Deutsche Bank reports huge loss

FRANKFURT: A worker cleans in front of the headquarters of Deutsche Bank during the bank’s annual press conference in Frankfurt, Germany yesterday. — AP

FRANKFURT AM MAIN: Troubled German banking giant Deutsche Bank yesterday asked for patience after reporting its second annual net loss in a row, saying it was laying the foundations for durable success in the future. “The year 2016 was not a bad year,” chief executive John Cryan insisted at a press conference in Frankfurt. “We made huge progress.” “2016 was a year of small steps. But there were many of those small steps, even if most of them don’t yet show up in the results,” the CEO added, referring to the massive restructuring launched shortly after he took the helm in summer 2015.

Deutsche reported a net loss of 1.4 billion euros ($1.5 billion) for the year, struggling with the impact of mammoth fines, lower revenues and restructuring costs. Like its rivals, Deutsche continues to face headwinds from low interest rates as well as increased regulation and higher capital requirements introduced in the wake of the financial crisis. But the lender was also battered by a fresh series of fines in 2016 that took deep bites out of its result. The result is worse than the 200 million euro loss forecast by analysts FactSet, but an improvement on the nearly seven-billion-euro loss recorded in 2015.

Looking beyond the net result, Deutsche saw revenues shrink by 10 percent in 2016 compared with the previous year, at just over 30 billion euros. Meanwhile, the bank’s underlying, or operating result before interest and taxes was 810 million euros in the red. Deutsche’s result also continued to be burdened by provisions the bank has set aside to cover credit risks, which grew 45 percent compared with 2015 to almost 1.4 billion euros. Among other risks, Deutsche is exposed to the struggling shipping sector, which has been floundering since the 2008 financial crisis.

Painful medicine
The fourth quarter alone saw a loss of 1.9 billion euros, affected largely by $7.2 billion the bank agreed to pay in fines and compensation in the US over its involvement in the mortgage-backed securities crisis of 2008.  Combined with several smaller legal settlements, the penalty accounted for a 1.6-billion-euro weight on Deutsche’s net result. Adding to its woes, on Tuesday the bank was hit with yet another penalty as New York and British authorities slapped it with nearly $630 million over alleged money laundering in Russia.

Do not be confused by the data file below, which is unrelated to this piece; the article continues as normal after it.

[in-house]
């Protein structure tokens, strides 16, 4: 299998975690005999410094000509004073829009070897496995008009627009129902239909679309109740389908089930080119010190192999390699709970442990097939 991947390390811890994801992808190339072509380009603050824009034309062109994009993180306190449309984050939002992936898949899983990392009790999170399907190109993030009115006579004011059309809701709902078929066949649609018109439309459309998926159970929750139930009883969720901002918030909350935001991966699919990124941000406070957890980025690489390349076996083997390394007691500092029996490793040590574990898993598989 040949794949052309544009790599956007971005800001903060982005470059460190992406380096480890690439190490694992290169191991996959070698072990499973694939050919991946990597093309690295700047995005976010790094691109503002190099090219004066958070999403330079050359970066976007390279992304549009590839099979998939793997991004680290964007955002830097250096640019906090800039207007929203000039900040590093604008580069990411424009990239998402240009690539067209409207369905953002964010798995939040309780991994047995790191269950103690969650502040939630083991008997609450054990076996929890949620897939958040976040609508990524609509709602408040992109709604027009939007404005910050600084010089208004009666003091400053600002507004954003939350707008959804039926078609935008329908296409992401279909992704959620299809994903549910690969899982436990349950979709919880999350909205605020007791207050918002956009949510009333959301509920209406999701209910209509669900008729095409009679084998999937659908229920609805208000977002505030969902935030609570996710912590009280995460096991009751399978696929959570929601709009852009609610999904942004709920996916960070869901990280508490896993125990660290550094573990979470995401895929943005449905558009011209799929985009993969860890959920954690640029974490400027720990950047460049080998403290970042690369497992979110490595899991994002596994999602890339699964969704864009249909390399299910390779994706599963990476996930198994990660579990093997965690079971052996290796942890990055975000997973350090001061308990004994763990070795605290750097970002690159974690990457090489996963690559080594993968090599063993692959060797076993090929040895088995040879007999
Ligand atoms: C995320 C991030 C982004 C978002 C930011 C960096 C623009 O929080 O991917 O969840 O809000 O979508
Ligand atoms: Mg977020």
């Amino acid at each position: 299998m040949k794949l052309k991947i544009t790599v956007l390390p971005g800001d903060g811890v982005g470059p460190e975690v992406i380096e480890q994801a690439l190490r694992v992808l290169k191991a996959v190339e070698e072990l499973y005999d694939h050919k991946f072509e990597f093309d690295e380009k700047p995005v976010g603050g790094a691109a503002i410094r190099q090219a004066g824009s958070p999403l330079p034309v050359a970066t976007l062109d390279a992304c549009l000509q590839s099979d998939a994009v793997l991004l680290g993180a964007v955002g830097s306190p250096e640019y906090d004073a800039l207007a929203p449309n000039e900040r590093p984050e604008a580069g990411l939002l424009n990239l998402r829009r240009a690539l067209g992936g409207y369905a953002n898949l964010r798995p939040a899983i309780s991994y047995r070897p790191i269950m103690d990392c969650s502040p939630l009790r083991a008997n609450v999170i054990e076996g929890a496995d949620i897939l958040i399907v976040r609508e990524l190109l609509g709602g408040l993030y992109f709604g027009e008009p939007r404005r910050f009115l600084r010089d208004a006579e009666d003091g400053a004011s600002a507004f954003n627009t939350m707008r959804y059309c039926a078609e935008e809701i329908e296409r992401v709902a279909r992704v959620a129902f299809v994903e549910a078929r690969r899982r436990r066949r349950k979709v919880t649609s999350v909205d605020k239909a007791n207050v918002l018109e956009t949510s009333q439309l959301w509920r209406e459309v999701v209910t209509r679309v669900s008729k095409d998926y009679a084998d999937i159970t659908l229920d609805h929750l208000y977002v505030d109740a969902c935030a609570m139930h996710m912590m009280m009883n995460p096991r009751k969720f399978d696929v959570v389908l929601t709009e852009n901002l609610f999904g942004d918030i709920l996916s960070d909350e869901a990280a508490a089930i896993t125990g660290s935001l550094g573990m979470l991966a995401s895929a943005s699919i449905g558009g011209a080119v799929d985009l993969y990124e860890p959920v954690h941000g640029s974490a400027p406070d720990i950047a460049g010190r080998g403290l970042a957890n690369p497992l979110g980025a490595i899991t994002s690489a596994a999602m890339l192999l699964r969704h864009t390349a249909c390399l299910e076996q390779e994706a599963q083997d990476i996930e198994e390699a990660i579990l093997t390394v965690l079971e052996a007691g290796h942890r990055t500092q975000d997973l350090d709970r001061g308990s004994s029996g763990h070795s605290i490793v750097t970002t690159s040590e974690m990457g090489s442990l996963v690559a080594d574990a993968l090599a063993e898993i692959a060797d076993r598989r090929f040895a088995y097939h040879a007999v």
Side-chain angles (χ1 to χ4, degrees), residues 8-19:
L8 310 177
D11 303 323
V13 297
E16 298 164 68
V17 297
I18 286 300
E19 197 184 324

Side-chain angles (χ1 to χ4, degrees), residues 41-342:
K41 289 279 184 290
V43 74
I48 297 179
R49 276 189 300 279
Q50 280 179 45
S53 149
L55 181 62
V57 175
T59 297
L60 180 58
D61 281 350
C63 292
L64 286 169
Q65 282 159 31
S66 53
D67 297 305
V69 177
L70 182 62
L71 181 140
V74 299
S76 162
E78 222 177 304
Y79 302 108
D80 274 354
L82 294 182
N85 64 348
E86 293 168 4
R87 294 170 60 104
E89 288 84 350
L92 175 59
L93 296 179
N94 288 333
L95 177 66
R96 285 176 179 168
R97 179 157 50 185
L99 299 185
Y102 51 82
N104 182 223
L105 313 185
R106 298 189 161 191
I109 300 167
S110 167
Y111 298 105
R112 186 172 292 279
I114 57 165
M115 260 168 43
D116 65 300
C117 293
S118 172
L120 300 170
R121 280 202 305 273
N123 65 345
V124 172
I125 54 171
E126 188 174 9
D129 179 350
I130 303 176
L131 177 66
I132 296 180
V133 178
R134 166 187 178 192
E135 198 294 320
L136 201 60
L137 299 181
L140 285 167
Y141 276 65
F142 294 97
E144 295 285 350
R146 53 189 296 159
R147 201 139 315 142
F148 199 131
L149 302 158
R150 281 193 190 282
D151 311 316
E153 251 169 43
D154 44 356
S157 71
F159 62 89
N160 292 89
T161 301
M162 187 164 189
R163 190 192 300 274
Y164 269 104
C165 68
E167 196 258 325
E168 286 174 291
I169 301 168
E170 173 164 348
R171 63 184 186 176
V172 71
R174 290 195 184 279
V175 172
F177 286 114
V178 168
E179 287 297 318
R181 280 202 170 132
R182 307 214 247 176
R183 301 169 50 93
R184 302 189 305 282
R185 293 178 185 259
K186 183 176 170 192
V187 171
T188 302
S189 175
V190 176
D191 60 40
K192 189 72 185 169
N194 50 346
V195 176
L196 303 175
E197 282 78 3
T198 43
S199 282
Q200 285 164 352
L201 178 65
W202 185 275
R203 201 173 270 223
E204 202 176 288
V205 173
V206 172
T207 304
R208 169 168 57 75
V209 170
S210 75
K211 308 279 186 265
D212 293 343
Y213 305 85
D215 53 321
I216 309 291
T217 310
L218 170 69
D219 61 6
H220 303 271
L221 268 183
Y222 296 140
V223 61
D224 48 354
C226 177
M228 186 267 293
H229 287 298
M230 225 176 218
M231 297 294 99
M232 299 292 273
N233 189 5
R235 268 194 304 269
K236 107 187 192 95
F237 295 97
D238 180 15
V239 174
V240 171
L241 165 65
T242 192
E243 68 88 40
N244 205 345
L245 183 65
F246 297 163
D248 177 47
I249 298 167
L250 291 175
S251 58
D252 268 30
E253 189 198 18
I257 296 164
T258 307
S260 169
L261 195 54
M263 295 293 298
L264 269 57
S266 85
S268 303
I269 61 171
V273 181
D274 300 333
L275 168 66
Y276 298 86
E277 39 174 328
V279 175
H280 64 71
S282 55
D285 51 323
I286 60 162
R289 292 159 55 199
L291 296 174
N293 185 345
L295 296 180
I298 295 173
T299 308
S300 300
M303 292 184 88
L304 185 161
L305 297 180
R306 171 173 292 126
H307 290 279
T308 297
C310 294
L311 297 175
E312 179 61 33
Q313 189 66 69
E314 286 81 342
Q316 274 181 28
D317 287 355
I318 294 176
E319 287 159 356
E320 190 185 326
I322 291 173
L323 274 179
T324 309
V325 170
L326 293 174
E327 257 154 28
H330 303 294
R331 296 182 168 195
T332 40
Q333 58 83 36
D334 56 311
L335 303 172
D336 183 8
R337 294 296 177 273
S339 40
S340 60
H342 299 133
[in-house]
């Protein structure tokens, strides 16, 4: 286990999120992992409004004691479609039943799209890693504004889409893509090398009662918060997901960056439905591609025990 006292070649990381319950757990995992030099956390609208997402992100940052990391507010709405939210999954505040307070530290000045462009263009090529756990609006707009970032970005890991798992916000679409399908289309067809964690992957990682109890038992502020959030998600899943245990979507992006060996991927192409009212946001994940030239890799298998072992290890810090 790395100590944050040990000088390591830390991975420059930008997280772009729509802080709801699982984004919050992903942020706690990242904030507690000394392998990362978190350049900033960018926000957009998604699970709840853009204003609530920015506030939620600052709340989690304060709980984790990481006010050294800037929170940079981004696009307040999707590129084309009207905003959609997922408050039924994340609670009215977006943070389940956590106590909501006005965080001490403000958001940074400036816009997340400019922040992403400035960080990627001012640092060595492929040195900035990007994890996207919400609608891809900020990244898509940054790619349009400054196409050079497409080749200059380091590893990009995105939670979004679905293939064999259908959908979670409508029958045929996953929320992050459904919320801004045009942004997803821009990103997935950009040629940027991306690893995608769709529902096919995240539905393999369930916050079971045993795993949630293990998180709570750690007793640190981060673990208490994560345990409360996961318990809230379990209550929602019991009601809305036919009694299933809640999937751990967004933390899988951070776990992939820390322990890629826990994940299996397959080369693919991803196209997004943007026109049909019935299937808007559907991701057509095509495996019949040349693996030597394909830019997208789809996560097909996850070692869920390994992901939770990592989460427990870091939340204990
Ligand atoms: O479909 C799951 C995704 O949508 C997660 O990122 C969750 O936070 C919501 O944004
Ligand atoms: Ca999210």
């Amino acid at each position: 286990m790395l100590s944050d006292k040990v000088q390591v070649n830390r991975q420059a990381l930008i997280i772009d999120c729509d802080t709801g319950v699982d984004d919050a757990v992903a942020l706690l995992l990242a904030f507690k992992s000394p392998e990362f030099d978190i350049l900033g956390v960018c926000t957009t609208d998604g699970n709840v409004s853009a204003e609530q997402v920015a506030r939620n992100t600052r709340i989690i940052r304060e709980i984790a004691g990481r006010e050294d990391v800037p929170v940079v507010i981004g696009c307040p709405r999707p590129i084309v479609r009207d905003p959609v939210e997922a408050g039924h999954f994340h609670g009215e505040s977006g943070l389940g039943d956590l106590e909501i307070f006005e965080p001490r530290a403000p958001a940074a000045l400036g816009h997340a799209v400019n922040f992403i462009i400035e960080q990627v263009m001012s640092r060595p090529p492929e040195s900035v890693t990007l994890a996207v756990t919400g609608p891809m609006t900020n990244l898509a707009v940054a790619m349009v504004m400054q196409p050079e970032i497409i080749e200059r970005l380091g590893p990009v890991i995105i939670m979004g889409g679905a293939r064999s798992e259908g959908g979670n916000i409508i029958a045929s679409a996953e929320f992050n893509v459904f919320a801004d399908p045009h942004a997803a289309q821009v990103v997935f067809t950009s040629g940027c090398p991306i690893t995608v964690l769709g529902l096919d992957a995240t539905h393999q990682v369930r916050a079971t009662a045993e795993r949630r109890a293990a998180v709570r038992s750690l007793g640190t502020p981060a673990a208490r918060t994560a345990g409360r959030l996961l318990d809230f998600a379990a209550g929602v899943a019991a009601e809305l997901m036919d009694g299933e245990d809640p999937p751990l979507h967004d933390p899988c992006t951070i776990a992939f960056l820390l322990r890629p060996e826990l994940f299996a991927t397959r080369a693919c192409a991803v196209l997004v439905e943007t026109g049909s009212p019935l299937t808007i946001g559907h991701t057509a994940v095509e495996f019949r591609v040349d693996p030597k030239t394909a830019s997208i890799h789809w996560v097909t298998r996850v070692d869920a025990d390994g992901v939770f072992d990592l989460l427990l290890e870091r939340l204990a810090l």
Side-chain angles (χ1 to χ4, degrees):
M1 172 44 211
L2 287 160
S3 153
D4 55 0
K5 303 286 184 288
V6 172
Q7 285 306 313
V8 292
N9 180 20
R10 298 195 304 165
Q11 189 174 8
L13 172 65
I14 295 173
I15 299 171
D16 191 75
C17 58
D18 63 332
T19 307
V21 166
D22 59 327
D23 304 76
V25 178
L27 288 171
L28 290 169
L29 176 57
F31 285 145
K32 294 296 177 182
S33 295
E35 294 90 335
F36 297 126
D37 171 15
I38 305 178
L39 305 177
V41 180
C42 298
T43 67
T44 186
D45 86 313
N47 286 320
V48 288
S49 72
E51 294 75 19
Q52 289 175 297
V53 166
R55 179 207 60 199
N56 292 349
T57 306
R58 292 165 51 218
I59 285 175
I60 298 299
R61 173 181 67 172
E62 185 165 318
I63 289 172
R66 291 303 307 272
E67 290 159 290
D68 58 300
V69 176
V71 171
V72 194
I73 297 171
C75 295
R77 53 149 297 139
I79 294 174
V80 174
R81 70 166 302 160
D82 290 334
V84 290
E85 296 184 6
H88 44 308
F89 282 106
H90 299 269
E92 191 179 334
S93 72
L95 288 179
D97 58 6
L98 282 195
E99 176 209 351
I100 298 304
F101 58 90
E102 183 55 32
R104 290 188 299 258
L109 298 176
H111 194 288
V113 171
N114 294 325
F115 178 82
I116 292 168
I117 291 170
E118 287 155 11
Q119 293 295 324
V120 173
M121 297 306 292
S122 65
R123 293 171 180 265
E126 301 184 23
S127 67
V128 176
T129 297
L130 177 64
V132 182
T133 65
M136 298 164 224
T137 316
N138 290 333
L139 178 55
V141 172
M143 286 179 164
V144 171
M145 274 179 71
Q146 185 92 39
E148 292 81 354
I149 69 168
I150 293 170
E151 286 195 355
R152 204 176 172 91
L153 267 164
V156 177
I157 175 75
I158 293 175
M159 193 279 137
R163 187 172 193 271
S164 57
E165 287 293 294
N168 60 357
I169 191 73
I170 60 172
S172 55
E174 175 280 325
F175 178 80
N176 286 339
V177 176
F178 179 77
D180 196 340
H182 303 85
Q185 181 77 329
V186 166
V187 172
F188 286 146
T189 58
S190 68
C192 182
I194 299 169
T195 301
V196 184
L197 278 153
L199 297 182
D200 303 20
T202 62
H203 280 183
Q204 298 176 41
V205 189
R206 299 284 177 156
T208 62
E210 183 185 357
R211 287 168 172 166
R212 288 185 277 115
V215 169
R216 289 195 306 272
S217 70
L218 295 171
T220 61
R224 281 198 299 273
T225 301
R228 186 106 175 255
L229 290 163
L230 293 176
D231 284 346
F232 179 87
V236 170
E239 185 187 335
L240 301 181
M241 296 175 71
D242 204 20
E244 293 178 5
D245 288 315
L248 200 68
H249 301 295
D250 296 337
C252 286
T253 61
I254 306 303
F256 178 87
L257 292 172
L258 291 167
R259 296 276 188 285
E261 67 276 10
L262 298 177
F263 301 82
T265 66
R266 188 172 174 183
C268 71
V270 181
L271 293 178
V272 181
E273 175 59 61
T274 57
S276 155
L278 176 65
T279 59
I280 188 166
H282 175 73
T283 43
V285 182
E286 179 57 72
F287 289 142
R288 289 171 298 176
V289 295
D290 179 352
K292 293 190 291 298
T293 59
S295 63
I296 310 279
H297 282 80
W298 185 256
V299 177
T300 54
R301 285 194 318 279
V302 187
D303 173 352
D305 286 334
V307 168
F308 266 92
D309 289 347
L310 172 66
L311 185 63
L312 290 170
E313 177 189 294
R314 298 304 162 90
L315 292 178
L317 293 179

But with those looming threats dispelled, even at heavy cost, the bank believes it can look to the future. “Of course we aren’t happy with the results” in 2016, finance director Marcus Schenck told the press conference. But “we have to sow today if we want a good harvest later. And that requires patience.” Deutsche pointed to an increase in its capital cushion, required by regulators to see the bank through financial shocks, progress in closing branches and the final winding down of some 128 billion euros of risky assets it held in 2012. Cryan’s tough restructuring plan will see Deutsche shed 200 branches in Germany and some 9,000 of its roughly 100,000 full-time employees.

Eyes on new year
The bank’s legal woes “didn’t just cost money, but also weighed on our reputation and our image,” Cryan told journalists yesterday. As part of his efforts to restore shine to Germany’s largest bank, Deutsche announced in January that it would slash bonuses for some 25 percent of employees, largely in upper management. Despite its difficulties, “most of our clients maintained their confidence in Deutsche Bank,” and since the fine over the mortgage crisis case was agreed “clients who had held off are once again doing much more business with us,” Cryan said.
He expects Deutsche to return to profitability in 2017 on the back of increased revenues and a wider economic upturn. The bank recently recruited 350 staff in its compliance and financial crime divisions, and plans 600 more hires this year. But Deutsche will continue to face legal tripwires in the months ahead, as it remains tangled in almost 8,000 legal cases worldwide.- AFP

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